BY JIM RITCH, Eastern Shore Post —
The Cape Charles Wetlands and Coastal Dune Board voted Wednesday, Sept. 20, to support a project that would build a 274-foot private pier, a boat house, and an eight-ton boat lift alongside the northern end of the town’s public beach.
The decision hinged on strictly limited jurisdiction and the board ruled narrowly only on features that would cross a sliver of beach.
Those features would include a riprap retaining wall and short section of walkway on open piers.
The ruling left citizen concerns unaddressed and questions to be answered by state and federal agencies that will review the project next.
The board’s jurisdiction applied to a strip of land possibly as little as 20 feet wide between mean high and mean low water lines, said Katie Nunez, town planner.
That sliver stretches along about 684 feet of waterfront running from the public beach partly around the Seabreeze Apartments near the corner of Bay and Washington avenues.
It carries the scars of erosion and commercial use as the launching point for the first car-carrying ferry on the Eastern Shore.
A jumble of concrete slabs, some from town sidewalk replacements, covers much of the wetlands.
The debris appears only to have slowed the inexorable march of pounding waves, which once flooded the neighboring apartments and forced residents to evacuate, said Nunez.
David and Pamela Hainsworth, who initiated the project and own the waterfront property, hope to insulate the land from sea level rise and storm surge by replacing the concrete with riprap.
The couple also plans to plant wetlands grasses on fill covering the toe of the revetment.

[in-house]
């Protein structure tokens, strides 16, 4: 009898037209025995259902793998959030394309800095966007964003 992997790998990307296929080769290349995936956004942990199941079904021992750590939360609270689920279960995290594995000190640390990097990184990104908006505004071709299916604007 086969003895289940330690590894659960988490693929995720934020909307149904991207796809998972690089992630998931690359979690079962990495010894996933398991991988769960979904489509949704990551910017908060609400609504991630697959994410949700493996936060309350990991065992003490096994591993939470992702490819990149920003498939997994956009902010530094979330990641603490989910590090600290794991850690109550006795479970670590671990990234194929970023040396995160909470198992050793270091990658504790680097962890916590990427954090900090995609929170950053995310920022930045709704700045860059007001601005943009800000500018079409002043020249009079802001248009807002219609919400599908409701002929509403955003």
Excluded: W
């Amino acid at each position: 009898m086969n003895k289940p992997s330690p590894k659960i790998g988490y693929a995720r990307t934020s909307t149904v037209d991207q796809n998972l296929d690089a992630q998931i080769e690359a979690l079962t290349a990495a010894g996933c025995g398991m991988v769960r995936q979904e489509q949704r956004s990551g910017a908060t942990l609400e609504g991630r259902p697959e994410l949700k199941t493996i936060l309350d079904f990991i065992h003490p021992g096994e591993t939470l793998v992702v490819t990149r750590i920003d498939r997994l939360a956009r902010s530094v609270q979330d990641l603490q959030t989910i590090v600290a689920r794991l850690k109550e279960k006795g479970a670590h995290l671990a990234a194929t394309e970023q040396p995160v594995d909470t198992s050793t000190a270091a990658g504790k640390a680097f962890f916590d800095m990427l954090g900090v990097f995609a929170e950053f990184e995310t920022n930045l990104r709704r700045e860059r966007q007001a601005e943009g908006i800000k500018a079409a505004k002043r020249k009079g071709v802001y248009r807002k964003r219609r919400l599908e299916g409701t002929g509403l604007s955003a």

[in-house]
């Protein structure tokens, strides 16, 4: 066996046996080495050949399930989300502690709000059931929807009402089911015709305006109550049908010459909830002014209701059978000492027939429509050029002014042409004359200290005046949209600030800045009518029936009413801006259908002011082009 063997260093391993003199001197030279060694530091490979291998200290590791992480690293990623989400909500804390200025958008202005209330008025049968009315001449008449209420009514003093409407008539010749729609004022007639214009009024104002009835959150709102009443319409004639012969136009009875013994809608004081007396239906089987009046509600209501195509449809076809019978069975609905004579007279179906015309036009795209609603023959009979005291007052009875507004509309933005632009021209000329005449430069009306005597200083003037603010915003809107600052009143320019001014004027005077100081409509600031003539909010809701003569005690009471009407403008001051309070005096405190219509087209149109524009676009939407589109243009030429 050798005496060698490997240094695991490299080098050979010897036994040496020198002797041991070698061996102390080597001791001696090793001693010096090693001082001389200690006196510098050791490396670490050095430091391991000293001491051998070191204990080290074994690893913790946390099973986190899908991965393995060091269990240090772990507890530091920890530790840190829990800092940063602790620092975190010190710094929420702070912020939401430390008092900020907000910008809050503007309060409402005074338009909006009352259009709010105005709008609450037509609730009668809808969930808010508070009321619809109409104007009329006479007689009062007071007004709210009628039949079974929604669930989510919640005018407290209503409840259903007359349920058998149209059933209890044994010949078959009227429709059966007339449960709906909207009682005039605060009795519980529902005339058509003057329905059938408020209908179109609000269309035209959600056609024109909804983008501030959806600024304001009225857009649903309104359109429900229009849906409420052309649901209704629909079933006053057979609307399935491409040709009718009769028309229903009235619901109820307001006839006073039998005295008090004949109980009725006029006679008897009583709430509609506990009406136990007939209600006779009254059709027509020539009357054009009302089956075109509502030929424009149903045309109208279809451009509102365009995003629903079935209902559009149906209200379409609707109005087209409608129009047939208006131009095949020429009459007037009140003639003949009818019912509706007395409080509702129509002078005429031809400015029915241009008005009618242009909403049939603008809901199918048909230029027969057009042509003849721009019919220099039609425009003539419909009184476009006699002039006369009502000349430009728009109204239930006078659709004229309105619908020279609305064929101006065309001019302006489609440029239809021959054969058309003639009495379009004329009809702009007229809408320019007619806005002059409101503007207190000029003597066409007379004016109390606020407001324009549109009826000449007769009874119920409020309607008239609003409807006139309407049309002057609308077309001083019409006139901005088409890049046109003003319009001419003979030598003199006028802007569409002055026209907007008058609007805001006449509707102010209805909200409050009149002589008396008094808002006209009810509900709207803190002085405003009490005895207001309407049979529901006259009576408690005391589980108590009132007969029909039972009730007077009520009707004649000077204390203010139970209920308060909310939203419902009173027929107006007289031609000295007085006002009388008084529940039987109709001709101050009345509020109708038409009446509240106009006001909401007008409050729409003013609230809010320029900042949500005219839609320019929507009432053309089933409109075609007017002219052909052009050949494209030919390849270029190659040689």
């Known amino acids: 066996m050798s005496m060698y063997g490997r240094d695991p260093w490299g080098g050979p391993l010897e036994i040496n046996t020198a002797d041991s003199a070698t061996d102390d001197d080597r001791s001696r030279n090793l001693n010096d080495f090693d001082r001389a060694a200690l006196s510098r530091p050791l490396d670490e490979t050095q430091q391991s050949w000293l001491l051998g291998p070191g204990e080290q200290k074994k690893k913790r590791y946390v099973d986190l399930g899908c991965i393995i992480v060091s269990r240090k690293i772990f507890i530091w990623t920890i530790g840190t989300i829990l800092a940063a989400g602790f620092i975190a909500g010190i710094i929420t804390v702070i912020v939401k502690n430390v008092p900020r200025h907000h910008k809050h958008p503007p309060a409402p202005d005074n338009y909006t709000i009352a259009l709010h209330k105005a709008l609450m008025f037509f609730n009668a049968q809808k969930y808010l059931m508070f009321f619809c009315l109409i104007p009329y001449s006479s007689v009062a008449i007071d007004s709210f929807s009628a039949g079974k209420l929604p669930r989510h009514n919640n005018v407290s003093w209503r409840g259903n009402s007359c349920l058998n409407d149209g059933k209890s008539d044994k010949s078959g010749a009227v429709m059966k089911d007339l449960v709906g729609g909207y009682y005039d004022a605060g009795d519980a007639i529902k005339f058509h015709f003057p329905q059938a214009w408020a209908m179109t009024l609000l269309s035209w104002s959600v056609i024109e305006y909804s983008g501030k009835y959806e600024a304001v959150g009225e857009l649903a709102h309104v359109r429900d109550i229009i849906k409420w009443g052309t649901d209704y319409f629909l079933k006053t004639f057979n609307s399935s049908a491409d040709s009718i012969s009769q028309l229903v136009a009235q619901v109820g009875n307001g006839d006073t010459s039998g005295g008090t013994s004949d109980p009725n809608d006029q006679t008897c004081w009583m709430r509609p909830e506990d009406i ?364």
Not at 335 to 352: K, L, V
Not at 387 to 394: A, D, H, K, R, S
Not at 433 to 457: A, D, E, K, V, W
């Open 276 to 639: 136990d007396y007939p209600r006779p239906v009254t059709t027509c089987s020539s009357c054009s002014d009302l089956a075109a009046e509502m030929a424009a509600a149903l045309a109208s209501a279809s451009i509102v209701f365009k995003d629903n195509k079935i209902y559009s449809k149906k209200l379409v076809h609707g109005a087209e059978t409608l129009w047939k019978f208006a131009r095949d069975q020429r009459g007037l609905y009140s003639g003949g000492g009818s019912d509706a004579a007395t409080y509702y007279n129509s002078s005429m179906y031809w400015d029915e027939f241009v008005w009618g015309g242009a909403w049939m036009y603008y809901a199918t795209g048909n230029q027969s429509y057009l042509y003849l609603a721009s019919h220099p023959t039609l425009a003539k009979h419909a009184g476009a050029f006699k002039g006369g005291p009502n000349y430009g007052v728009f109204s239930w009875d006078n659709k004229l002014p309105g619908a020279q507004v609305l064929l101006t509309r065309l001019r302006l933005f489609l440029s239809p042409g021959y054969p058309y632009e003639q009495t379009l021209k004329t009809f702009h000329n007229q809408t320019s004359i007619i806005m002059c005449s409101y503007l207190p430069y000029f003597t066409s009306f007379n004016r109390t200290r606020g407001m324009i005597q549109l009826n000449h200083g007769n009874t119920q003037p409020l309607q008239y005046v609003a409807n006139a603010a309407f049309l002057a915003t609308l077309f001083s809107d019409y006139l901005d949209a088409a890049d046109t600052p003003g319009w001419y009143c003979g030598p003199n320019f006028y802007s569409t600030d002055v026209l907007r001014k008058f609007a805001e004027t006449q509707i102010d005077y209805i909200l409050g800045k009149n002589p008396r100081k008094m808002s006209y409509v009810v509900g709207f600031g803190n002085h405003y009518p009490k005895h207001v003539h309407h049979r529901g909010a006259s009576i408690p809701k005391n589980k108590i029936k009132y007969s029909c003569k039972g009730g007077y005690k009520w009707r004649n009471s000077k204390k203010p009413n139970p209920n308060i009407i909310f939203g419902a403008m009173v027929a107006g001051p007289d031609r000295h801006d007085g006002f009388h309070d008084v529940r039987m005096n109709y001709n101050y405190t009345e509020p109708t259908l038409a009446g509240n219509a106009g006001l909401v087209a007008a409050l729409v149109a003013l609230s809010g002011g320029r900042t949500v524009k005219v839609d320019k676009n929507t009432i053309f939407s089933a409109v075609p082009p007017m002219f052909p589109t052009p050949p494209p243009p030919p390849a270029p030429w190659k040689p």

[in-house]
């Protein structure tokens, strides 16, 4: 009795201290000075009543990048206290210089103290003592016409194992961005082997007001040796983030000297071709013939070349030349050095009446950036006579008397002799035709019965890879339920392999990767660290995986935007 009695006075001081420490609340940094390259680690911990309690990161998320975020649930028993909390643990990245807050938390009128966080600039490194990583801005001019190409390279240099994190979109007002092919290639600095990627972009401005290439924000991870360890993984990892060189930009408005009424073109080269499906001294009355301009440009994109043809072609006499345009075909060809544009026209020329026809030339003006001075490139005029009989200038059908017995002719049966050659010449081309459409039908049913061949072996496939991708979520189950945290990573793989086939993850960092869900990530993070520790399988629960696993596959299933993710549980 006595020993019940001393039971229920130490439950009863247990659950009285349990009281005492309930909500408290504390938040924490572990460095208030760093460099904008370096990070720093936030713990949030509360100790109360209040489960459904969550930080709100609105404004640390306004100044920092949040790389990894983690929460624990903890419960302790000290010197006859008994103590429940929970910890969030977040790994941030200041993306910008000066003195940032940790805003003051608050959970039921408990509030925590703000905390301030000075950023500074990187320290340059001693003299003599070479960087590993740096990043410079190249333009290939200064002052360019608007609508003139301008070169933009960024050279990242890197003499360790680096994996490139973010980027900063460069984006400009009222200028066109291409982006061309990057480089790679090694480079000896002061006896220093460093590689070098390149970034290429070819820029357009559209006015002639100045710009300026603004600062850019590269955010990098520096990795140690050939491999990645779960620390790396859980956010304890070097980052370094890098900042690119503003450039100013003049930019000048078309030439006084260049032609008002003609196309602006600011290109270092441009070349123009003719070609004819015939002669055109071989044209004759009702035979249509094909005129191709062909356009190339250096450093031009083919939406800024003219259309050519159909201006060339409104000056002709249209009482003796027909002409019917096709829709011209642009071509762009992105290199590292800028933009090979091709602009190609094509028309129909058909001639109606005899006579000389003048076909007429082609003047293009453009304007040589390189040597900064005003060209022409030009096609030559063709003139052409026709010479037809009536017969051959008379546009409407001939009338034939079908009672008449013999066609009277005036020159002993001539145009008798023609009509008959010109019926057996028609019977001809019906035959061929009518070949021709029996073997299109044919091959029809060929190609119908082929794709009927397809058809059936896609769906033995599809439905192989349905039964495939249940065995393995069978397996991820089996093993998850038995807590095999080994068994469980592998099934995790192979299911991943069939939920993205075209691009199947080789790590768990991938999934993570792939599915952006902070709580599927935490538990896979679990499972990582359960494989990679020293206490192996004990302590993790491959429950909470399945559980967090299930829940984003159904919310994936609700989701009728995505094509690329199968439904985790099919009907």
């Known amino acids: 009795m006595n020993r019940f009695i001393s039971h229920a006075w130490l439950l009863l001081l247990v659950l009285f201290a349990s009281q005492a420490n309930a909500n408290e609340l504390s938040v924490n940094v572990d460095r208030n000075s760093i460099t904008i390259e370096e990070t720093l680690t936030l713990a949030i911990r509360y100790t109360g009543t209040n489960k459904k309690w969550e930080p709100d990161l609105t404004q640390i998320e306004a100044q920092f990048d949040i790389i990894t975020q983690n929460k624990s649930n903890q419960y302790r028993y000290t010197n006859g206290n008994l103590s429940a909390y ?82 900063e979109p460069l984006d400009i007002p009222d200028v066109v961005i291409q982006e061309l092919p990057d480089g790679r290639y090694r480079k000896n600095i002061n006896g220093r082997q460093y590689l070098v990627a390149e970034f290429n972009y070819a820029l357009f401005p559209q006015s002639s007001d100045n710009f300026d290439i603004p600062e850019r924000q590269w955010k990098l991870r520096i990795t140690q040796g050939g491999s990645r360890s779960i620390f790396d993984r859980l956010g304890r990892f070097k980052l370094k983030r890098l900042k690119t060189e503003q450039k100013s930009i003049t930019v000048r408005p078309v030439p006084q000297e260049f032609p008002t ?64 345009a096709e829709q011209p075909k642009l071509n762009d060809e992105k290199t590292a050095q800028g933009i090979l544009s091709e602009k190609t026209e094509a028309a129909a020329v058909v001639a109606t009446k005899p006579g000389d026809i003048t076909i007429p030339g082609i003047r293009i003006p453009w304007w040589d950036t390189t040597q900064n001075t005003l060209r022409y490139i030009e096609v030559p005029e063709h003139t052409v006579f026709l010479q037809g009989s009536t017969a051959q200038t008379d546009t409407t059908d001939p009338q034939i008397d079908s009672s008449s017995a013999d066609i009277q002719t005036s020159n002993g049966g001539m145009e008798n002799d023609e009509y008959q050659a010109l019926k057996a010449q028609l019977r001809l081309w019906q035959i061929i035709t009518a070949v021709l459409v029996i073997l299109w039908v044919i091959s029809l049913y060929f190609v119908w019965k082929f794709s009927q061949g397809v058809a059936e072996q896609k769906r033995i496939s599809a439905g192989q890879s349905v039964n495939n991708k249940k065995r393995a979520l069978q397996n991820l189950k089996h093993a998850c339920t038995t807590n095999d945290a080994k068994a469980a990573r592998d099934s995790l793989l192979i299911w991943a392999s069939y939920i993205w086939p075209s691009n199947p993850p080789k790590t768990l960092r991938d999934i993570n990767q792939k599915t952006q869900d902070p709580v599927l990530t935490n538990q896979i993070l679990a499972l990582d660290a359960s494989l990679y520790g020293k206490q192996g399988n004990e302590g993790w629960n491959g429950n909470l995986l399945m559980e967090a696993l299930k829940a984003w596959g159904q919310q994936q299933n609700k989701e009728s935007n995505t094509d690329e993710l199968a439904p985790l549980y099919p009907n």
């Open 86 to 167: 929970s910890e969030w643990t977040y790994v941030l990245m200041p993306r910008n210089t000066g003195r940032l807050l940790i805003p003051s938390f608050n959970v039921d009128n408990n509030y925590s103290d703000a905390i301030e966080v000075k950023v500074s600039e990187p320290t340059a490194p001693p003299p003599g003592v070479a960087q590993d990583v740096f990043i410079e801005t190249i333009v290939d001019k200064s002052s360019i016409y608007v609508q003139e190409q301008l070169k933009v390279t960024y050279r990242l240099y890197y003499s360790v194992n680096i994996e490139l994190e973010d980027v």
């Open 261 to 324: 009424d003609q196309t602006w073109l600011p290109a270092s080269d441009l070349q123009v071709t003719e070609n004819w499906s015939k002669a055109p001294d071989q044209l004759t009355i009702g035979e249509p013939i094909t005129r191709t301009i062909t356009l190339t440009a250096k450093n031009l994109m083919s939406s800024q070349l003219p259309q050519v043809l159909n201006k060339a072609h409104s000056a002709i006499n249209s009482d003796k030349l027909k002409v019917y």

John Schoeneck, board chairman, said the proposal will “stabilize and somewhat beautify” the wetlands.
In the end, the board unanimously endorsed the riprap retaining wall and said the small portion of the open pier would have no impact on dunes.
Largely unanswered were concerns of about a dozen residents who attended the hearing.
Mainly, citizens objected that the pier would:
— Obstruct the view of the roughly 340 pilings left from the 1930s ferry operation
— Require the removal of as many as six pilings
— Disturb osprey nests.
The property “should be added to the historical register and not developed for the benefit of one family,” said Laura Weigand, local business owner and member of the town’s Board of Zoning Appeals.
That board last year approved zoning the property for construction of two houses.
The proposal will now go to the Virginia Marine Resources Commission, which will coordinate reviews by a host of other agencies, including the U.S. Army Corps of Engineers.